Five marketplace truths about human customers

Jim Blasingame

Spend time in the marketplace and you'll have many close encounters of the third kind with the most interesting species in all of nature: the human customer. And as we've learned, the nature of this being isn't much different from other animals: All need to breathe, eat, drink, procreate and survive.

But there is something that clearly sets human customers apart from other fauna: sentience. And one of the manifestations of this self-awareness is that beyond what customers need, they're the only lifeform on planet Earth that also wants. Your customers want things.

Every human who owns an automobile will need to buy new tires. But what they want is to keep the family safe without spending an entire Saturday shopping for tires. So, if you're in the tire business, should you advertise that you sell tires, which are commodities that the Big Boxes can sell cheaper than your cost? Or should you develop, market and execute a customer loyalty program that combines peace-of-mind for the customer's family with pick-up and delivery? How about this tagline:

"Let us help you keep your family safe when it's time for new tires, and we'll give you your Saturday back."

Basically, the hairless weenies of the family Animalia, human customers need shelter, but they want a home. So, if you're a realtor, should you focus on the obligatory list of residential features and square-foot price analysis, or how the physical setting and interior space fit what you've learned is your customer's unique sense of a home? Try this on:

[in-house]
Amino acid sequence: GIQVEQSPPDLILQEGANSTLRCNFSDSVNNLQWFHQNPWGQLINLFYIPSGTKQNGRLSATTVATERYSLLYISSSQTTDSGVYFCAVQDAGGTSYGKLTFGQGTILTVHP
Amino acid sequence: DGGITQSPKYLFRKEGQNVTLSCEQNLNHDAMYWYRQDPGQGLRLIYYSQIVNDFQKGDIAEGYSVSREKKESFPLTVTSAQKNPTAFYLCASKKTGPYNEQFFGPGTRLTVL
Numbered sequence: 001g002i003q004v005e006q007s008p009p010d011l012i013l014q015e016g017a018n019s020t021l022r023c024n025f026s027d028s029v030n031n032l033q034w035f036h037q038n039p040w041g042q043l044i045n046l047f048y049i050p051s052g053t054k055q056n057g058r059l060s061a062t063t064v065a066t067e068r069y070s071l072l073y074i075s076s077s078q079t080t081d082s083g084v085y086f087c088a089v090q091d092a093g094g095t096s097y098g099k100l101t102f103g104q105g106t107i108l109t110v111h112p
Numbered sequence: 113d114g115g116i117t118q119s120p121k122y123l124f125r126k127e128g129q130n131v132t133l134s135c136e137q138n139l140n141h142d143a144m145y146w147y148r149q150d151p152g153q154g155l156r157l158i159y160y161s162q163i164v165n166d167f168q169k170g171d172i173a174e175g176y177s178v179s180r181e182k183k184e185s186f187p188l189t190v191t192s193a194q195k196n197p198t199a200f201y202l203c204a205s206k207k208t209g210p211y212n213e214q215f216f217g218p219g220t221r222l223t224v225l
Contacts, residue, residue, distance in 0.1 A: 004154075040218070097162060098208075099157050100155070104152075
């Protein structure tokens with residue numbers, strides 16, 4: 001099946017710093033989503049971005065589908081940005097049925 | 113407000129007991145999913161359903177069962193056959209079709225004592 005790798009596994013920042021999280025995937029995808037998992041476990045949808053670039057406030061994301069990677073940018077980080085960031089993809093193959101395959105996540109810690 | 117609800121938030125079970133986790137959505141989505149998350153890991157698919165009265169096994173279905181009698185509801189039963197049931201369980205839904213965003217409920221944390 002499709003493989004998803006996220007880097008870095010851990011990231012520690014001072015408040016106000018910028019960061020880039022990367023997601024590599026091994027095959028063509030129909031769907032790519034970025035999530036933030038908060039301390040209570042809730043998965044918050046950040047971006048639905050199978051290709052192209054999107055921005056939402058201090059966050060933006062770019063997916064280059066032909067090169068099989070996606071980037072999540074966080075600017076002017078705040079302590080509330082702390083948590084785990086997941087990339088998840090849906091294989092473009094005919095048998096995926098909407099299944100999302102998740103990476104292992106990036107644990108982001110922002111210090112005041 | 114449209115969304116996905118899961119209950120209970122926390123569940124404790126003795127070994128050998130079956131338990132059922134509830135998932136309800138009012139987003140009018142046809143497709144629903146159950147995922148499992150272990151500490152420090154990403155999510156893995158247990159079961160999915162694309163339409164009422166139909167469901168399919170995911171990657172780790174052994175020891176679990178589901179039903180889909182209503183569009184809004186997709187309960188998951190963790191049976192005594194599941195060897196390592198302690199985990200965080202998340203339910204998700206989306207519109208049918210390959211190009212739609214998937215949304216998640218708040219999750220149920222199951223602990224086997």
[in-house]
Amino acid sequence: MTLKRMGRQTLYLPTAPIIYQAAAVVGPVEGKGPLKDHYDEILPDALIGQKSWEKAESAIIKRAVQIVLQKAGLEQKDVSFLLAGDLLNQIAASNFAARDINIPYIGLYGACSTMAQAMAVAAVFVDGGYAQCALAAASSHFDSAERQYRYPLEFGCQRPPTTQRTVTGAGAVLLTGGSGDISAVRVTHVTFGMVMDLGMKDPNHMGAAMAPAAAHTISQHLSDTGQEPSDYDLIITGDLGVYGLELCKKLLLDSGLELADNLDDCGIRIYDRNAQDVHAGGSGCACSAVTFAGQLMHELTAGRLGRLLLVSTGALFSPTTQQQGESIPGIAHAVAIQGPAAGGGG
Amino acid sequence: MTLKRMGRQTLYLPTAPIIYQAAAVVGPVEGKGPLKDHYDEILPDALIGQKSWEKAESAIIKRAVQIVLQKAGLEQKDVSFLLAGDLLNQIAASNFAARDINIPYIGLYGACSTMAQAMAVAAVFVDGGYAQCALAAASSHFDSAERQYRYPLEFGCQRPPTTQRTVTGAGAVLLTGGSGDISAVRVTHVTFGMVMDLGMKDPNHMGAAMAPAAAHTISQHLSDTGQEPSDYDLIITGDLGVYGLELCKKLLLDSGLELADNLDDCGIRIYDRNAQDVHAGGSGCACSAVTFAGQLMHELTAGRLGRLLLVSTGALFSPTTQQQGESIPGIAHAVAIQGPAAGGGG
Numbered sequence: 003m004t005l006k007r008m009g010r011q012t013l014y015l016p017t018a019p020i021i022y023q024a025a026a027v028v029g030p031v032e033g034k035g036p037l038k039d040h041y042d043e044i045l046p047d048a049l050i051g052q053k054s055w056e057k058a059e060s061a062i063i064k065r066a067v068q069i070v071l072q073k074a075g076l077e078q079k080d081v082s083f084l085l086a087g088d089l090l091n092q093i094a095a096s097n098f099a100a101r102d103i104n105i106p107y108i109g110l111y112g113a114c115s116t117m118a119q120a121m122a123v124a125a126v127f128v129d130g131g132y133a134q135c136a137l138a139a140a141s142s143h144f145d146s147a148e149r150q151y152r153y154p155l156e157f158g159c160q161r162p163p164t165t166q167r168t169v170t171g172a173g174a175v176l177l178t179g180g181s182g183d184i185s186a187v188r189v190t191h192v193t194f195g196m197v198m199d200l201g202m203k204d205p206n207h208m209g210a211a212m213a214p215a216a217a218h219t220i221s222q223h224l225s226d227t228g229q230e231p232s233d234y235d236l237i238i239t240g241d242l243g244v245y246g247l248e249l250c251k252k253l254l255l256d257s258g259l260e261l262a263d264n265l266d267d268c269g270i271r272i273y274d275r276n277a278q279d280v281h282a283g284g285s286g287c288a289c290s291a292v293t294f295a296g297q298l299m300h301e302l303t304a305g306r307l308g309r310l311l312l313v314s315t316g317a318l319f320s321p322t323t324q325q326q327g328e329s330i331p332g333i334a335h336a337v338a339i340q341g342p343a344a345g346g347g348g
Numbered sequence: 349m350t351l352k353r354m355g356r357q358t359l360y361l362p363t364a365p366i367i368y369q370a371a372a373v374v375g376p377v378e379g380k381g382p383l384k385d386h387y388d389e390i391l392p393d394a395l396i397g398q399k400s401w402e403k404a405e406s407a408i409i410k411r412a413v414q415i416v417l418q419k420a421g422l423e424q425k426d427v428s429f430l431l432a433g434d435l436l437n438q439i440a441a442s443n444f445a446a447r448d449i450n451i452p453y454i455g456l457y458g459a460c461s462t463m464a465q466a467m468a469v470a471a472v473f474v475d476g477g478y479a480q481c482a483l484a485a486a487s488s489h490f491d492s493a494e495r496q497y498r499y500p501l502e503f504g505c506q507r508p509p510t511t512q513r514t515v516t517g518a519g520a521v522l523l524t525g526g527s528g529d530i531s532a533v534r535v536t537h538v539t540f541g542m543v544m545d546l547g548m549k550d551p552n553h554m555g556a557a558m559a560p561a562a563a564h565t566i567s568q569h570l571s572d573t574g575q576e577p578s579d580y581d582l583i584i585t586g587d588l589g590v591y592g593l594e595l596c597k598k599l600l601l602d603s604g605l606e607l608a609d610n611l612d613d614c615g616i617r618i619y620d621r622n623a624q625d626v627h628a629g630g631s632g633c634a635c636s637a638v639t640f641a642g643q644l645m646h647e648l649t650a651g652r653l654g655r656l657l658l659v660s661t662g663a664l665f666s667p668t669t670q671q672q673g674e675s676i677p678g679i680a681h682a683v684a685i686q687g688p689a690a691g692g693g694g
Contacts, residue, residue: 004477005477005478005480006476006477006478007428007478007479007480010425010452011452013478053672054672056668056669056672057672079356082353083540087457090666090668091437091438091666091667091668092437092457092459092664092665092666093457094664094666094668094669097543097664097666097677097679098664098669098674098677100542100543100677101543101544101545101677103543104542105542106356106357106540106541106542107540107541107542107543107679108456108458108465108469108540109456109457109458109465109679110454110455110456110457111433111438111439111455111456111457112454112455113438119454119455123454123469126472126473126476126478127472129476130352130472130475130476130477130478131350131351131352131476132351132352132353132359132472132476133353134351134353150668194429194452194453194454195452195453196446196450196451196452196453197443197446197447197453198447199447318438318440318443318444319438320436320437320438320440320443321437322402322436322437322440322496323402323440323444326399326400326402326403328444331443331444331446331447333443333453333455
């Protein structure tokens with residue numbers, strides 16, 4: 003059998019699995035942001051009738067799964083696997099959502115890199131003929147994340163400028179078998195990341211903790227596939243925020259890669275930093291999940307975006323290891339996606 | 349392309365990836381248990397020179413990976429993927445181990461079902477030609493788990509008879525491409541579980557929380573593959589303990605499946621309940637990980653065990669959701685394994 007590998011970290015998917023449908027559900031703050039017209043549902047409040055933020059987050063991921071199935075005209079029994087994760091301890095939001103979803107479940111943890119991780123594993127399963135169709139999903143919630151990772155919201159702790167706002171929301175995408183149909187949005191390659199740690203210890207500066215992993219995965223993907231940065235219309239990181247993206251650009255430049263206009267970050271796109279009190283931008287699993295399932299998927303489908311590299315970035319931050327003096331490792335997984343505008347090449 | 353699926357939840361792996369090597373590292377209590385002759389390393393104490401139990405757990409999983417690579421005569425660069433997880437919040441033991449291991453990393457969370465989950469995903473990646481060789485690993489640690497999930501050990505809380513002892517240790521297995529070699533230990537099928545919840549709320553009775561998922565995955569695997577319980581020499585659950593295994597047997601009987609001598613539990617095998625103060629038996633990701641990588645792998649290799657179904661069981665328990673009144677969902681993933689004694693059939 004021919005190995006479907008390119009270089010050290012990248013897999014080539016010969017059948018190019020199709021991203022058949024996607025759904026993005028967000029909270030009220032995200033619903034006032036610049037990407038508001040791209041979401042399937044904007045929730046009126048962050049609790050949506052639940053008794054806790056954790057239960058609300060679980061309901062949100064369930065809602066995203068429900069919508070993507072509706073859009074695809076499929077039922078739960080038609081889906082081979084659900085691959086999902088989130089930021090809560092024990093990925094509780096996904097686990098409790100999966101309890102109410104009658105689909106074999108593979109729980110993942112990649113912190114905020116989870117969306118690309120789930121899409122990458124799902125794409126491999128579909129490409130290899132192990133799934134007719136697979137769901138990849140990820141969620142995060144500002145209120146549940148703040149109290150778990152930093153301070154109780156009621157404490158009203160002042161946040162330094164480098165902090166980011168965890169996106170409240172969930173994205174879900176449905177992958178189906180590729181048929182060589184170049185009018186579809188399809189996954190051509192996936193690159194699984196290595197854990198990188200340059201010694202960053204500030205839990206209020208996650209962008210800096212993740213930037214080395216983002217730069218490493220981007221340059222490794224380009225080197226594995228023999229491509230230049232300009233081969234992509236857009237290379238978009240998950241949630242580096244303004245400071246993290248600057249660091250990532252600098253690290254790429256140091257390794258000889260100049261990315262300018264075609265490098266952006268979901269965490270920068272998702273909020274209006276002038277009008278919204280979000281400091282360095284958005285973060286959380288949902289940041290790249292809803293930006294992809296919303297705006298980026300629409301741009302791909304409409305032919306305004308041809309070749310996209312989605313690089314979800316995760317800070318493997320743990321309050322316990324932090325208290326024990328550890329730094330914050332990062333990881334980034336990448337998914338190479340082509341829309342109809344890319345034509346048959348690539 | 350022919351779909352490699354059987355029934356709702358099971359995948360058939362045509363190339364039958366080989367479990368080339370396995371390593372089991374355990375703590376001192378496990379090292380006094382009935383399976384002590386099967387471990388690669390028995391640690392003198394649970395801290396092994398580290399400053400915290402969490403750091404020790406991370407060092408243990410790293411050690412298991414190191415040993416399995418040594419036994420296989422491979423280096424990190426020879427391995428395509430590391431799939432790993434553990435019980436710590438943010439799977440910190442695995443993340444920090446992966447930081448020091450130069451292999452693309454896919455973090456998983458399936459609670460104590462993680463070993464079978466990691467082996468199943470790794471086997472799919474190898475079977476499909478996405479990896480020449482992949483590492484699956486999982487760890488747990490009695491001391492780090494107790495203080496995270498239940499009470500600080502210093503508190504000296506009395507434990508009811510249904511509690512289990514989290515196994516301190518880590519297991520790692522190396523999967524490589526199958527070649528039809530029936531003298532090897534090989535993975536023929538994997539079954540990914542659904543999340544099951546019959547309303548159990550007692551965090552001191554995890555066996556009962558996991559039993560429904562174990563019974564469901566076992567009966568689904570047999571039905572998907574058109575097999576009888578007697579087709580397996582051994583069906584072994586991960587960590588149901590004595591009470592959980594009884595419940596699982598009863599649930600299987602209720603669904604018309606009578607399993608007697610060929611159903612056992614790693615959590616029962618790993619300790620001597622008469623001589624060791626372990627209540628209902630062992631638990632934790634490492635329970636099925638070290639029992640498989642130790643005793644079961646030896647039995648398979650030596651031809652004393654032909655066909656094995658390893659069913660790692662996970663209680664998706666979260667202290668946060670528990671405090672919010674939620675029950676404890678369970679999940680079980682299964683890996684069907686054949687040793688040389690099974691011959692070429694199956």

"Mrs. Johnson, countertops can be replaced, and new paint and carpet are easy. What I want to know is how much will you love sitting in front of that window with your first cup of coffee every morning as the sun comes up over that ridge?"

Like thousands of other warm-blooded species, humans need to eat every day, whether they get to or not. But unlike other animals, only human customers want to dine. If you own a restaurant, do you emphasize the food or the potential for a lasting memory? Check it out:

"Even if you forget how wonderful our food is, you'll always remember that booth for two in the corner, next to the fireplace."

Small business success requires understanding these five marketplace truths about your human customers:

  1. What customers need are commodities driven by price.
  2. What customers want is anywhere from a little bit more to everything.
  3. Customers will pay more for what they want than they will for what they need.
  4. Discover what they need and charge them for delivering it.
  5. The price war is over, and small business lost.

To paraphrase the immortal Mark Twain, for a small business to sell human customers commodities they need, instead of delivering the much-more-profitable customization they want, is like "the difference between a lightning bug and lightning."

Write this on a rock ... Never mind what they need. Discover what your humans want, deliver it, and charge them for it.

Jim Blasingame is the author of The 3rd Ingredient, the Journey of Analog Ethics into the World of Digital Fear and Greed.

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